Huawei has received permission to build a research and development and manufacturing centre in Cambridge, UK.
It acquired the 500-acre site for the centre in 2018 and, days after the company was celebrating its 20th anniversary of working in the UK, the first phase of the new Huawei Campus was approved by the local council.
The approval follows more than three years of work and planning. Huawei began the search for an ideal location back in 2017 and completed its acquisition of the south Cambridgeshire site the following year. It began its planning application process in early 2019.
The site, including over 50 acres of brownfield land, is located at the former Spicers paper mill and production facility to the west of Sawston in the heart of the UK’s Silicon Fen.
Huawei will invest £1bn in the first phase of the project, including construction of 50,000m2 of facilities on nine acres of land, and will create about 400 local jobs.
Once fully operational, the complex will become the international headquarters of Huawei’s optoelectronics business, with the state-of-the-art R&D and manufacturing centre focusing on researching, developing and manufacturing optoelectronics products.
Optoelectronics is a key technology used in fibre-optic communication systems and in February 2020, Huawei launched what it said was the world’s first liquid optical transport network (OTN) system.
The company sees its new investment in optical technology as part of a strategy to bring such technology to datacentres and network infrastructure around the world. The first phase of the project will focus on the research, development and manufacturing of optical devices and modules – an integrated model that promises to bring innovation to market more quickly.
“The UK is home to a vibrant and open market, as well as some of the best talent the world has to offer,” said Victor Zhang, vice-president of Huawei. “It’s the perfect location for this integrated innovation campus. Through close collaboration with research institutes, universities and local industry, we want to advance optical communications technology for the industry as a whole, while doing our part to support the UK’s broader industrial strategy.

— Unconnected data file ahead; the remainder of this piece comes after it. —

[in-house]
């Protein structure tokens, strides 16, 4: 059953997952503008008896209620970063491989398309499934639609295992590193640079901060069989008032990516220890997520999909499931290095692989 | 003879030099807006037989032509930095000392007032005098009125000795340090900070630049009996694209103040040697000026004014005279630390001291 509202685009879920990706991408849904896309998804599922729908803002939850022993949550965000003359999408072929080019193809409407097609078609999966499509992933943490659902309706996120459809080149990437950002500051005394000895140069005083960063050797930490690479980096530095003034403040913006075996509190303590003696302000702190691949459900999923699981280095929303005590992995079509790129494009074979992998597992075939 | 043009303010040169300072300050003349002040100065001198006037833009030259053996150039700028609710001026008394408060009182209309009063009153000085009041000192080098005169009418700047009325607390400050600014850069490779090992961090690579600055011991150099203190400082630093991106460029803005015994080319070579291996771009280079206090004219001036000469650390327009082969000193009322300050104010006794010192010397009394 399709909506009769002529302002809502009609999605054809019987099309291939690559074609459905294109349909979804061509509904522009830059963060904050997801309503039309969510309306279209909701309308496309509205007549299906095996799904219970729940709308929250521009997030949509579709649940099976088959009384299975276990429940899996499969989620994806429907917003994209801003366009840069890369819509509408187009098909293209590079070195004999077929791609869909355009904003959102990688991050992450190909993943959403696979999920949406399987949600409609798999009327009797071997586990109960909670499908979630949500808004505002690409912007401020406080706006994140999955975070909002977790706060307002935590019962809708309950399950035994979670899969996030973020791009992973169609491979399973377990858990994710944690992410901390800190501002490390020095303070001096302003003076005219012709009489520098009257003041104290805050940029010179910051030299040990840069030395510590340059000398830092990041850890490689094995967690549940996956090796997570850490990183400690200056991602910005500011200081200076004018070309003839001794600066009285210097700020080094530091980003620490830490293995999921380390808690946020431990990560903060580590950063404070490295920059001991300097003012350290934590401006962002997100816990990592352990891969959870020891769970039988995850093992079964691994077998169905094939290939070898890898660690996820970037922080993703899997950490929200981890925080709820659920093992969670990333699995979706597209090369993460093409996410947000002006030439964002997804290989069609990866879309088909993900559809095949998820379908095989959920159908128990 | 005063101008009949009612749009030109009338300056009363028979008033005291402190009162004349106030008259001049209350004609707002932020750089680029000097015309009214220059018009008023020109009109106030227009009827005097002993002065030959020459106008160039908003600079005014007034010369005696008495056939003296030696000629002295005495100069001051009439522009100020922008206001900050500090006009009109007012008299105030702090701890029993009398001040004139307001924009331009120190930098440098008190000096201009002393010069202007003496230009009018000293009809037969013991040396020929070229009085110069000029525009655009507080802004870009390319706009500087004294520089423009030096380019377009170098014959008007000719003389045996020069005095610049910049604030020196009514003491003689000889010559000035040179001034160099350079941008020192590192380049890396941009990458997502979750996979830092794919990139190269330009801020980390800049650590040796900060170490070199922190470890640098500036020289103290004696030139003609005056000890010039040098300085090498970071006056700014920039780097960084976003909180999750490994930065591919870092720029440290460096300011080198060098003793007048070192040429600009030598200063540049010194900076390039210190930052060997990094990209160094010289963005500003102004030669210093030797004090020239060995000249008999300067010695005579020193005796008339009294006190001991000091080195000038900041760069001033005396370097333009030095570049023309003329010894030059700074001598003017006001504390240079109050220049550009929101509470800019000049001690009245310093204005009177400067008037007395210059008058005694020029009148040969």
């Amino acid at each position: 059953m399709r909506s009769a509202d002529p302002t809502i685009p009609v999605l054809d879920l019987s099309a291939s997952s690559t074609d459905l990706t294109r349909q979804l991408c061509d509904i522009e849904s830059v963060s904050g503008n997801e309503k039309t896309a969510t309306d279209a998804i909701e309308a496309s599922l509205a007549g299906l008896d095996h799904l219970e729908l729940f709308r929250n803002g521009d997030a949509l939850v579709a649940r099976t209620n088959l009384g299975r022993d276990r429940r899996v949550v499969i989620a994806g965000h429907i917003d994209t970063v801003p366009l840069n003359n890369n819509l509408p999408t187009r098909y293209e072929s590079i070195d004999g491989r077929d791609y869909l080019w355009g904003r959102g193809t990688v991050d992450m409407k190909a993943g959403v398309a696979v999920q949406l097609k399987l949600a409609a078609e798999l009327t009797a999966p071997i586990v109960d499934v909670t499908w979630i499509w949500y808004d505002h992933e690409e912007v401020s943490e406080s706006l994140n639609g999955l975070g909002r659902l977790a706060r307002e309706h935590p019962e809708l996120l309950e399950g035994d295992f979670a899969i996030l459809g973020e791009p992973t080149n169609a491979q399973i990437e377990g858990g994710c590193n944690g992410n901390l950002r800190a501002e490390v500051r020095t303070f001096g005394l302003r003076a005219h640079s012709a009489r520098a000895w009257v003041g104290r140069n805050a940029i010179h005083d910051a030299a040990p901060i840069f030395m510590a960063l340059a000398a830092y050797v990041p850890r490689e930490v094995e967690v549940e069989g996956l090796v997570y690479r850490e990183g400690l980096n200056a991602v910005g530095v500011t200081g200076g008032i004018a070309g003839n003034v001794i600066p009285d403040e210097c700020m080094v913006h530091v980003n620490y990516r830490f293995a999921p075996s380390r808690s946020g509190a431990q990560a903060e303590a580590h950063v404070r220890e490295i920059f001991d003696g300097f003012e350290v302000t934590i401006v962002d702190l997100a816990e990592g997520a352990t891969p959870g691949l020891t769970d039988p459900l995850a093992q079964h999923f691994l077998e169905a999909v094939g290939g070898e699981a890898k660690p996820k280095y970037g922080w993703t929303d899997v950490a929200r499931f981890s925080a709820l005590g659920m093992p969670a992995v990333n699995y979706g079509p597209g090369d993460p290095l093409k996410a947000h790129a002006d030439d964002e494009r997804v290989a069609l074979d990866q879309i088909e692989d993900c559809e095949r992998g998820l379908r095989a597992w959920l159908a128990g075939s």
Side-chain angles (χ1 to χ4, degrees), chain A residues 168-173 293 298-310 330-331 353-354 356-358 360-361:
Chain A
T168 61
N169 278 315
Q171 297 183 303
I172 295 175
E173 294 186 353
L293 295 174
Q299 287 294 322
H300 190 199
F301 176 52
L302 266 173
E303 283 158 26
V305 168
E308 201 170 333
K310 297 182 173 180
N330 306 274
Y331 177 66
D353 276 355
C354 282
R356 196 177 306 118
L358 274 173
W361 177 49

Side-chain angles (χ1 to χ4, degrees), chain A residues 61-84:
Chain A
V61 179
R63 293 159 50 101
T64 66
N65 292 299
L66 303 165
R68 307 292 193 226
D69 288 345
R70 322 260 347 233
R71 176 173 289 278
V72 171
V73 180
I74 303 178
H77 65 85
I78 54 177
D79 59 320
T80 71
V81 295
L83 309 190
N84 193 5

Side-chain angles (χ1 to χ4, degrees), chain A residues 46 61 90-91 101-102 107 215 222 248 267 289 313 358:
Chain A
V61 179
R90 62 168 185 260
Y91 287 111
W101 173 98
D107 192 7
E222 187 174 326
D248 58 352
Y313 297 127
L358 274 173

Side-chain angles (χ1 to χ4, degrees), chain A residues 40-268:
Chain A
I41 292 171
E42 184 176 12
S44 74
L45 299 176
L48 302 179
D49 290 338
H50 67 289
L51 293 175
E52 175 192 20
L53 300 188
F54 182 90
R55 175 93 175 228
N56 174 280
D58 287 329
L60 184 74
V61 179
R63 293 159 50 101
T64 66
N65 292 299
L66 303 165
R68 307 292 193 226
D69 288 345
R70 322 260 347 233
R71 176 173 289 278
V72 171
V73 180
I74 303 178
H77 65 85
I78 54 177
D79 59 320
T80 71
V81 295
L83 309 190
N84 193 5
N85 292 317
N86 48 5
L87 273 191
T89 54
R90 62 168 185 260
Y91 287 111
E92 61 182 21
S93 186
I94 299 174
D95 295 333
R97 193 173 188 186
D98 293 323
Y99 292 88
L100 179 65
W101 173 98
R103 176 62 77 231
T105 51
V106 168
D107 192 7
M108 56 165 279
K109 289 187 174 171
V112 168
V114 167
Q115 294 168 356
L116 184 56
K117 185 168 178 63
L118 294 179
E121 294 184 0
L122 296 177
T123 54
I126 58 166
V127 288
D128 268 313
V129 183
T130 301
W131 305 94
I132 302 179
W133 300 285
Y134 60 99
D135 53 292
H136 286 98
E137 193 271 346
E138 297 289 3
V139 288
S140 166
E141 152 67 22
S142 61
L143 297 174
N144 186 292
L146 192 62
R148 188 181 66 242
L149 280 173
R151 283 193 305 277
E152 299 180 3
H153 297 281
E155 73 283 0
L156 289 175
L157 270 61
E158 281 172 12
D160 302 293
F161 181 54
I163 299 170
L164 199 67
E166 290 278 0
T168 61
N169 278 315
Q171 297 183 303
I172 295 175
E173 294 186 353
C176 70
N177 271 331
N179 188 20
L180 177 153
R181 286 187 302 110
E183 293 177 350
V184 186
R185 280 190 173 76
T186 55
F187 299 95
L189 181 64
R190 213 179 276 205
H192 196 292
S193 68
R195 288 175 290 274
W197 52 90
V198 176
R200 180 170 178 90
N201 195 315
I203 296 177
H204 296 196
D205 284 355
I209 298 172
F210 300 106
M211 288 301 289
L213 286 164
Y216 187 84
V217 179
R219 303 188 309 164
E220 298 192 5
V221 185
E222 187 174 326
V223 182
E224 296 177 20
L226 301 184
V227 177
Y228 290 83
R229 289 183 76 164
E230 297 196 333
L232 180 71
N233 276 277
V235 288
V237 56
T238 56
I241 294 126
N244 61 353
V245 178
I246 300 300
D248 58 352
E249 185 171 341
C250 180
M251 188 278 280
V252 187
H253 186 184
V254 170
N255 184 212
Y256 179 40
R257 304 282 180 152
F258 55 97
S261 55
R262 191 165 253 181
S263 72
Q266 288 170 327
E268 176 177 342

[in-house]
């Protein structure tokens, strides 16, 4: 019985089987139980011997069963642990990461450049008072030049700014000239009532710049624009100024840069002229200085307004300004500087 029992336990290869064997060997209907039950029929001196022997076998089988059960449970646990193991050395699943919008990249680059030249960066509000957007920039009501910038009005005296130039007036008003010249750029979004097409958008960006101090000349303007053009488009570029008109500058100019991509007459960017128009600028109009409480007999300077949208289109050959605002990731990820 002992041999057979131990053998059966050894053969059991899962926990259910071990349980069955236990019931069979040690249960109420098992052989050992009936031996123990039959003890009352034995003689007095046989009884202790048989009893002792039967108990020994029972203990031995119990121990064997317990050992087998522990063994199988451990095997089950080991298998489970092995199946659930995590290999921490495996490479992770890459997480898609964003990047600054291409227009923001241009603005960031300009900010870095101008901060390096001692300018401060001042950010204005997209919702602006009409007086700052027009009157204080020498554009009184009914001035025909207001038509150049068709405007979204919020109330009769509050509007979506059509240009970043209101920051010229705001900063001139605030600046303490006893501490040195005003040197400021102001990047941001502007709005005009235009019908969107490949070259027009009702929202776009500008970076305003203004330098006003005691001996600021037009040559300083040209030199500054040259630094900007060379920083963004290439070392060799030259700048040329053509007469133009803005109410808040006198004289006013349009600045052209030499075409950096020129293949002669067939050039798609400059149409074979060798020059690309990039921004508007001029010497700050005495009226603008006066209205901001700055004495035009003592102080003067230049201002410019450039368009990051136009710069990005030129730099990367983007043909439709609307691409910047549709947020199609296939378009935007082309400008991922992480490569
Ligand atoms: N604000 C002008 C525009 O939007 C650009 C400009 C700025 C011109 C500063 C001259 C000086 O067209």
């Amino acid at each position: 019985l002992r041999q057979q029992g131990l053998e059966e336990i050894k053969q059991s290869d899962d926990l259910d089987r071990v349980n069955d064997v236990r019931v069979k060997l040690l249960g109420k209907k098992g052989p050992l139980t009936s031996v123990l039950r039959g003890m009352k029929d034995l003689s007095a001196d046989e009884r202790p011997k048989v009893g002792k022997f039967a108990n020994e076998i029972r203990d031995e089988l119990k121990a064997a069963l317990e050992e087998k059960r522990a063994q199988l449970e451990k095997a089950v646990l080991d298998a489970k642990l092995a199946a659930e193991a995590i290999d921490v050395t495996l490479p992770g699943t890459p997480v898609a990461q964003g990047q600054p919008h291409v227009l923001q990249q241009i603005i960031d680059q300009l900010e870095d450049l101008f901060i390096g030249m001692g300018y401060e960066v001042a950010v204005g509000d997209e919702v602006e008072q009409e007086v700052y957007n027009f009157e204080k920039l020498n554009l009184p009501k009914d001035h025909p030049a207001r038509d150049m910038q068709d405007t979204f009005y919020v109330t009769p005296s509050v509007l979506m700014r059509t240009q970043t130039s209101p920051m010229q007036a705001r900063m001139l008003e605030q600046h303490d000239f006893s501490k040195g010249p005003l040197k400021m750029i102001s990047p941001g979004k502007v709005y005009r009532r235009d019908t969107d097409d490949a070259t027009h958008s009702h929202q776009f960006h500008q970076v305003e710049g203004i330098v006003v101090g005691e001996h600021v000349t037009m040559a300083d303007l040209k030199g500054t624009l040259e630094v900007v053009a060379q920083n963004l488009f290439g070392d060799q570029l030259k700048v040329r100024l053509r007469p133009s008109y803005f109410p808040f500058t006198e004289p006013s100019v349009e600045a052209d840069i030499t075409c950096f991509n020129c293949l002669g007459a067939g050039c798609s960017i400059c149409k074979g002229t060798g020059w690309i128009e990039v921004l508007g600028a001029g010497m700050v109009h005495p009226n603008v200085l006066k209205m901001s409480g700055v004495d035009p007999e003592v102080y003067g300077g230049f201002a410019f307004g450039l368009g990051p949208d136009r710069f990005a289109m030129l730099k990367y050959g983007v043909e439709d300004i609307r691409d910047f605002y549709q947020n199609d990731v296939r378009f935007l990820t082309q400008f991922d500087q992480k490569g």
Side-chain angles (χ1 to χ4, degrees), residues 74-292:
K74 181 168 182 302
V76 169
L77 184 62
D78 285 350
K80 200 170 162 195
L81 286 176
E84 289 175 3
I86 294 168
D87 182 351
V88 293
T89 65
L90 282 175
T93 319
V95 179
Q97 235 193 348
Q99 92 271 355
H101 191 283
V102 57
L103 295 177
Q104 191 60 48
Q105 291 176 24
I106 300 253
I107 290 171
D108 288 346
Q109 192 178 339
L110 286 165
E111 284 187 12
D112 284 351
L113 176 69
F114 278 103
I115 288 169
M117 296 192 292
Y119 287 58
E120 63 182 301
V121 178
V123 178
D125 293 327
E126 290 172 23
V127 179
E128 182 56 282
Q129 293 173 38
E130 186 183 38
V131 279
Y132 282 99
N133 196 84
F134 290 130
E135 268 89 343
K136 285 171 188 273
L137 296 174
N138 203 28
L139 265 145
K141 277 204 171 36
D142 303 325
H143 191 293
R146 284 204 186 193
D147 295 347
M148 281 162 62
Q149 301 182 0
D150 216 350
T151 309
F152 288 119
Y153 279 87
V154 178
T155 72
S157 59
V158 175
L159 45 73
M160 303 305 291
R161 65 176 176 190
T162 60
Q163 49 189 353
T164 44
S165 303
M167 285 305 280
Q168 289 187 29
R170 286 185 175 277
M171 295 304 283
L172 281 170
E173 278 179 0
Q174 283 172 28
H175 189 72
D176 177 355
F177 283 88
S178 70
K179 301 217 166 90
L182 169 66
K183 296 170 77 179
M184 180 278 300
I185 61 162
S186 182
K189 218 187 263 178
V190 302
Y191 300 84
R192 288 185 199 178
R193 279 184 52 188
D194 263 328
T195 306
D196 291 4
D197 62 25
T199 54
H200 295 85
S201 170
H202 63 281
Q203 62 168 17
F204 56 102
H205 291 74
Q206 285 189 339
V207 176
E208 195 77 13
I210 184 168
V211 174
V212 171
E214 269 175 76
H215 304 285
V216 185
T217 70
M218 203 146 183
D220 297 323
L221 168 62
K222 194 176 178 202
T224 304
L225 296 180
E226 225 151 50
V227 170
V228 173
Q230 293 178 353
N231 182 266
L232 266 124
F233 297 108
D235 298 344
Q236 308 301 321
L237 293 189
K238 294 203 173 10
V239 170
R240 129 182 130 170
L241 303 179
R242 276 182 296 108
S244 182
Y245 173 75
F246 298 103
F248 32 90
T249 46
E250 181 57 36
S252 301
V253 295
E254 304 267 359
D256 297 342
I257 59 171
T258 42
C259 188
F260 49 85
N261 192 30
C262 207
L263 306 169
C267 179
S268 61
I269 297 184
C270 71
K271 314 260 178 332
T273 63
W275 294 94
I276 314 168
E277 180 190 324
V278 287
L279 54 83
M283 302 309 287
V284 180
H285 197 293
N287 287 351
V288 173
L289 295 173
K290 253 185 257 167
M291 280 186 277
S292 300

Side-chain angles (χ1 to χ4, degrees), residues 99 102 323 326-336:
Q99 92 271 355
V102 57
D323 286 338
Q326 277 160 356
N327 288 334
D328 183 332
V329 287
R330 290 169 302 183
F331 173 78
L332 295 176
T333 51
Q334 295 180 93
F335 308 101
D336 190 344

“Ultimately, we want to help enshrine the UK’s leading position in optoelectronics and promote UK tech on a global scale.”
Read more about Huawei
- Despite political challenges across the world restricting use of its technology, Chinese comms tech giant Huawei posts strong yearly increase in sales and profit.
- US senator tells committee of MPs that deployment of Huawei in UK 5G phone networks would have been the equivalent of allowing Russia to build submarines during the Cold War.
- Huawei will shell out $200m this year to build an ecosystem around its Arm-based processor to bolster its position in the cloud computing market.
- Huawei unveils first in end-to-end optical connectivity for ultra-high bandwidth and ultra-low latency in enterprise applications.
The investment will be a major boost for high-tech development in the region, helping to further cement Cambridge as a global innovation hub. Huawei has 1,600 employees in the UK and supplies telecoms network equipment to all the country’s major mobile and broadband service providers, in particular Vodafone and BT.
However, the move is clouded by politics, and the Cambridge announcement comes as Huawei again finds itself under fierce attack from both the UK and US governments. On 10 March, the UK government narrowly avoided defeat on an amendment to its bill that would have seen firms classified as high-risk by the National Cyber Security Centre (NCSC) and banned entirely from the UK’s 5G project by 31 December 2022.
Attitudes towards Huawei seem to have hardened in recent weeks. After the NCSC announced it would conduct a further investigation into the use of Huawei technology in the UK’s communications networks, US senator Tom Cotton warned the UK government that the country’s continued usage of Huawei technology in telecoms networks could not only threaten the UK’s national defence, but could also potentially damage intelligence relations between the US and the UK.